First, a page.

If your life feels stuck, unfulfilled, and empty, then your energy may be leaking. Uncluttering your life is an important step to feeling purposeful, motivated, and fulfilled.
The things we own, our home environment, closets, and work spaces are within our control where we can most easily begin the practice of letting go.
To begin anew, move your life in a new direction, or start a new relationship, you have to create the space for it. By releasing the old, you create space for something new to enter. Space can be physical, mental, and emotional.
First, begin by creating space in your own mind. Make a list and then weigh the pros and cons of keeping the clutter vs. getting rid of it. Next make the decision that you are willing to do whatever is necessary to usher in change; this may mean giving up something that takes up space in your life. Emotional space occurs when you begin taking control of your life. Physical space is our living environment. The state of our physical surroundings is a good reflection of our mental and emotional spaces.
When we are surrounded by tons of stuff, our energy stagnates. Clutter blocks light, feels heavy, and stops the flow of energy, which can, over time, become stuck. The effect of closed off, shuttered, dark spaces on our mind and body is to make us feel drained, depressed, indecisive, and directionless. In contrast simply opening a window and letting the breeze blow in and billow the curtains enlivens the environment and its inhabitants. It is invigorating and uplifting.
Other negatives of excessive ownership are that our attachment and possessiveness increase. We know from experience that even if we don’t use some of the things we own, our attachment keeps us holding onto them.
Clutter doesn’t just have to be visible. For some of us, our exterior home or office may be free of junk, but our closets and drawers may be stuffed to the gills. Part of decluttering is also clearing out closets, cupboards, drawers, and trunks as energy can also stagnate in them. Psychologically the toll can be the same.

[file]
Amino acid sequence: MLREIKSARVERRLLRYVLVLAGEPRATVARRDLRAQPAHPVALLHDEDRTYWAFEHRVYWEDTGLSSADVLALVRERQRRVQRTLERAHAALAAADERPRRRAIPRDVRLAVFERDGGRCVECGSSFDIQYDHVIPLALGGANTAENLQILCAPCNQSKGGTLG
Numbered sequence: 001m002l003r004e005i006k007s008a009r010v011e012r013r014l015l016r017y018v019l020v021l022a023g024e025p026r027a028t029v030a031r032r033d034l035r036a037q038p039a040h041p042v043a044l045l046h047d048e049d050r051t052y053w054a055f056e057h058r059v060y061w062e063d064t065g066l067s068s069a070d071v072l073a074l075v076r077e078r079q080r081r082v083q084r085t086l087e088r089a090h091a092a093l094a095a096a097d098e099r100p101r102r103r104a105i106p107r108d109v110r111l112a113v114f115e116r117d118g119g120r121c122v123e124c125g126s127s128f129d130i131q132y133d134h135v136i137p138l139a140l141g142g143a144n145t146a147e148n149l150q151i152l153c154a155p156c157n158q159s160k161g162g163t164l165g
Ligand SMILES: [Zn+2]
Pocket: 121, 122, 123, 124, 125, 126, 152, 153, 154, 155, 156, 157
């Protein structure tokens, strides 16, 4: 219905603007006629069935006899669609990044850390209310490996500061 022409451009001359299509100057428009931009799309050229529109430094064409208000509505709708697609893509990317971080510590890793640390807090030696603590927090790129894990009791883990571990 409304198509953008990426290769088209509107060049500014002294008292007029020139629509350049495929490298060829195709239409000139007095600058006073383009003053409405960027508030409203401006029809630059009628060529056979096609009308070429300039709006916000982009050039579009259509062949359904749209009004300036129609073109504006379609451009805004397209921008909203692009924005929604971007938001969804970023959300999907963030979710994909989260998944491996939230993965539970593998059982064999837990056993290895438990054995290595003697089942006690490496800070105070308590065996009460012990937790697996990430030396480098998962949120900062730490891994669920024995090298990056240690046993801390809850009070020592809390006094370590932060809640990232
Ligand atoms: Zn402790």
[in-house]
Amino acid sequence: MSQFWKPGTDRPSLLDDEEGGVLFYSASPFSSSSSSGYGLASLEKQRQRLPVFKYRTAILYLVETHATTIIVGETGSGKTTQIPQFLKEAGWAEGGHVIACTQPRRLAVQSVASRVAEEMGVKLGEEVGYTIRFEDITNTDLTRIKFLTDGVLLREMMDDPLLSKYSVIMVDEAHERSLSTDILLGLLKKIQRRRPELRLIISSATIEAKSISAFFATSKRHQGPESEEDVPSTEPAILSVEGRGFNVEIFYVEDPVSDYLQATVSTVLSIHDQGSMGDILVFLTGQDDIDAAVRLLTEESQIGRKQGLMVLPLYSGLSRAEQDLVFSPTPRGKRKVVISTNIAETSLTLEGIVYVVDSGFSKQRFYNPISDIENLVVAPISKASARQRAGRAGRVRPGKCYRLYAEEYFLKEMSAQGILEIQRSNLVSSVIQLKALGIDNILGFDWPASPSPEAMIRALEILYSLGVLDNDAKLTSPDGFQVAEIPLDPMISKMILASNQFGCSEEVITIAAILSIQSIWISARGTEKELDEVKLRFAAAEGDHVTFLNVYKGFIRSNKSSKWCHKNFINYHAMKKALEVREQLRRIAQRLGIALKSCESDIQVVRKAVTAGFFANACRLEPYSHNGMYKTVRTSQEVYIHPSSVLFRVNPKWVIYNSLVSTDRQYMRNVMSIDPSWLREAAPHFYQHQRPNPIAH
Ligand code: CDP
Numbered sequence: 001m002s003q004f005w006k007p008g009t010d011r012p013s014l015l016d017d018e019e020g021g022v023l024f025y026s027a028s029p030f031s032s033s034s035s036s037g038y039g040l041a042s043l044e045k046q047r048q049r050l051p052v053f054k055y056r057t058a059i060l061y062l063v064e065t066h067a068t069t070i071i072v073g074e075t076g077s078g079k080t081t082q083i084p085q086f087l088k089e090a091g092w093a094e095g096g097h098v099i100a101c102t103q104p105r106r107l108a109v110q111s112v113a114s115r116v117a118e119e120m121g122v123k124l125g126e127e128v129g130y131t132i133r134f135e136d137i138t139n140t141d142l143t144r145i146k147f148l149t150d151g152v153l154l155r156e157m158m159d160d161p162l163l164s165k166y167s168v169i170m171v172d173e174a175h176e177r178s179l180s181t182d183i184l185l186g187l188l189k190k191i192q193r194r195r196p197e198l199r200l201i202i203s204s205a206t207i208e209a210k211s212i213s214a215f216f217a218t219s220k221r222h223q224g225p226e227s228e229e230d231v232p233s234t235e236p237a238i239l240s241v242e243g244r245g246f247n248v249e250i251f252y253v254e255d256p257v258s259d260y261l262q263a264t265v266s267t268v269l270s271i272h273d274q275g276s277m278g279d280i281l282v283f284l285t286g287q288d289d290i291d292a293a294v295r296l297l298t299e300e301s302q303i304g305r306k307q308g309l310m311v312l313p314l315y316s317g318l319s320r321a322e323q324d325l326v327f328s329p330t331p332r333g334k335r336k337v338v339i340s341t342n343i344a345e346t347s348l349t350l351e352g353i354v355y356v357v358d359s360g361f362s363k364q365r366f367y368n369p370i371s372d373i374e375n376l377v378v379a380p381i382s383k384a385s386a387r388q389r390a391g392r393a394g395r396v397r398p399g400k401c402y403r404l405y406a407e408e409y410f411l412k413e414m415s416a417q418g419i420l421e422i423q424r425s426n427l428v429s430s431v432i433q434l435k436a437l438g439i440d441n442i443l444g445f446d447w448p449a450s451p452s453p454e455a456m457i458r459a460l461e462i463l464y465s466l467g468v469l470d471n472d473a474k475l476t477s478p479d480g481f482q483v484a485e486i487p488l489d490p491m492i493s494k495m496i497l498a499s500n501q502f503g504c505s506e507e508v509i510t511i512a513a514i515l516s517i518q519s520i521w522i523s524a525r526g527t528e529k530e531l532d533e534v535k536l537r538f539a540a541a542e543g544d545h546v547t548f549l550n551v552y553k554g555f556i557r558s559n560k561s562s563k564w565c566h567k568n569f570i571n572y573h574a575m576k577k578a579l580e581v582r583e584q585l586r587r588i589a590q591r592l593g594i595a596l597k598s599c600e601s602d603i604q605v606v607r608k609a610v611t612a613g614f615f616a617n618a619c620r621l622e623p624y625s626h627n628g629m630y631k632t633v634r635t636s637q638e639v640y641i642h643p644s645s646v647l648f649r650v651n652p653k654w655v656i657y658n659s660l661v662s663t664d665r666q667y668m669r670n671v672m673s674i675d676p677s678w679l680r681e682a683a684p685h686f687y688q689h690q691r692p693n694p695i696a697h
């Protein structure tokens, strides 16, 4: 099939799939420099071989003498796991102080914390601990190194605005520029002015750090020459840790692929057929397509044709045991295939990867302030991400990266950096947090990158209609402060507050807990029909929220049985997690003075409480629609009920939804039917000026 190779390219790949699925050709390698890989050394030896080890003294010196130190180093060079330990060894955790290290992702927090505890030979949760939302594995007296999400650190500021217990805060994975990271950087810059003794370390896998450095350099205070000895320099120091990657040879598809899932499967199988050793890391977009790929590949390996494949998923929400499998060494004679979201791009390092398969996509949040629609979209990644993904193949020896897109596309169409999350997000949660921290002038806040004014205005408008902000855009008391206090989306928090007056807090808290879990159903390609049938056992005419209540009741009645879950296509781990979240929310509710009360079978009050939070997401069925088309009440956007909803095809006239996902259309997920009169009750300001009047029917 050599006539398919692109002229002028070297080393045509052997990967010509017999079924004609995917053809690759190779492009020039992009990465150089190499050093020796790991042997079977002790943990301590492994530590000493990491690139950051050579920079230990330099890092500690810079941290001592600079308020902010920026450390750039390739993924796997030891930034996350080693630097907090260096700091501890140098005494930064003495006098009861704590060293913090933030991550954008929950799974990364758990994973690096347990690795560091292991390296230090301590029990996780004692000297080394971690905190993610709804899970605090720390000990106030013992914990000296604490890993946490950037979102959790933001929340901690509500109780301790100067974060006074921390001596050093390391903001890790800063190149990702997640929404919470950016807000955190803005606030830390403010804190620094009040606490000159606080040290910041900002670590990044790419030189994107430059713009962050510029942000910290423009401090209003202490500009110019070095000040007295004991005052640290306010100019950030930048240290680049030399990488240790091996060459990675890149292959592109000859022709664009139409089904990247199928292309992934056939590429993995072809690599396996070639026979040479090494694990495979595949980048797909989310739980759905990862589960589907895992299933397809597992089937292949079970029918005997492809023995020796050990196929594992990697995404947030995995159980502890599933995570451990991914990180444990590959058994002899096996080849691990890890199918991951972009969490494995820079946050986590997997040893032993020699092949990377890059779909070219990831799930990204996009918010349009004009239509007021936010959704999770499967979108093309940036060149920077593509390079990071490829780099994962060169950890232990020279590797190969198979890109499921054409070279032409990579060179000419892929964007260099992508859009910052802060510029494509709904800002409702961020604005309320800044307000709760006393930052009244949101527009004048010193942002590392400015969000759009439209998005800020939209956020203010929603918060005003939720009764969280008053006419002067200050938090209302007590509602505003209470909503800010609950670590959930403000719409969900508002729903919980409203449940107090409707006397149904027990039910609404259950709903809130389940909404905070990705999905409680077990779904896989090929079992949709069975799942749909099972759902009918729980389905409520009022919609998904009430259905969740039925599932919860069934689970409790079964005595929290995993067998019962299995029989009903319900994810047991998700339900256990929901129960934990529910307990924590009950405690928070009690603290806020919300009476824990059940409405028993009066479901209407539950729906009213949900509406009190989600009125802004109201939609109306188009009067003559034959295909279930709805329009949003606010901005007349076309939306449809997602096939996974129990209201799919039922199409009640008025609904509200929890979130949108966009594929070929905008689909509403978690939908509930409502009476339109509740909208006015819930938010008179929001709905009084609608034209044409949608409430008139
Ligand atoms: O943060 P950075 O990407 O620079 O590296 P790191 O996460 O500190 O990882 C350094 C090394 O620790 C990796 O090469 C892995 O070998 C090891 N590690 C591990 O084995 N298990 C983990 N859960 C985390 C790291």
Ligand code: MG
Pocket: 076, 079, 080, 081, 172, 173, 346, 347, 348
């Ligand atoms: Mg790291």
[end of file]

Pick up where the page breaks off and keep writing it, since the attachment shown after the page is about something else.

The benefits of living in a free space are:
Before tackling the clearing out process, inspire yourself. Read books and testimonials or watch shows about the transformative power of this kind of purging. If you are going to do a serious clean out in one day, have a supportive friend present or someone who will help you to remain firm and focused, and to follow through on meeting your goal. Try not to get distracted by doing something else like reading every playbill, menu, or travel brochure you’ve kept. Keep this time focused on just clearing and uncluttering.
Another strategy is to do it in smaller chunks. Each day or week go through a room and sort through and discard all old and “I might need this” items such as utensils, books, clothes, tax records, and things that are broken, damaged, and no longer functional. Or you could on a daily basis, put one item into a discard or donate bin.
To help you release and let go of things, remind or ask yourself:
Then, without too much delay, get the stuff to your local donation site, and dump the junk, so that you aren’t tempted to put it back into your home or office.
Remember: If you have the disposition to be a pack rat, it will be easy to begin collecting again. With the ease of online shopping, almost constant store sales and promotions, neighborhood thrift stores, and garage sales you’ll have to be extra mindful and careful not to buy unnecessary stuff and undo all your hard work.
May you create a new life filled with promise and purpose by creating the space for it.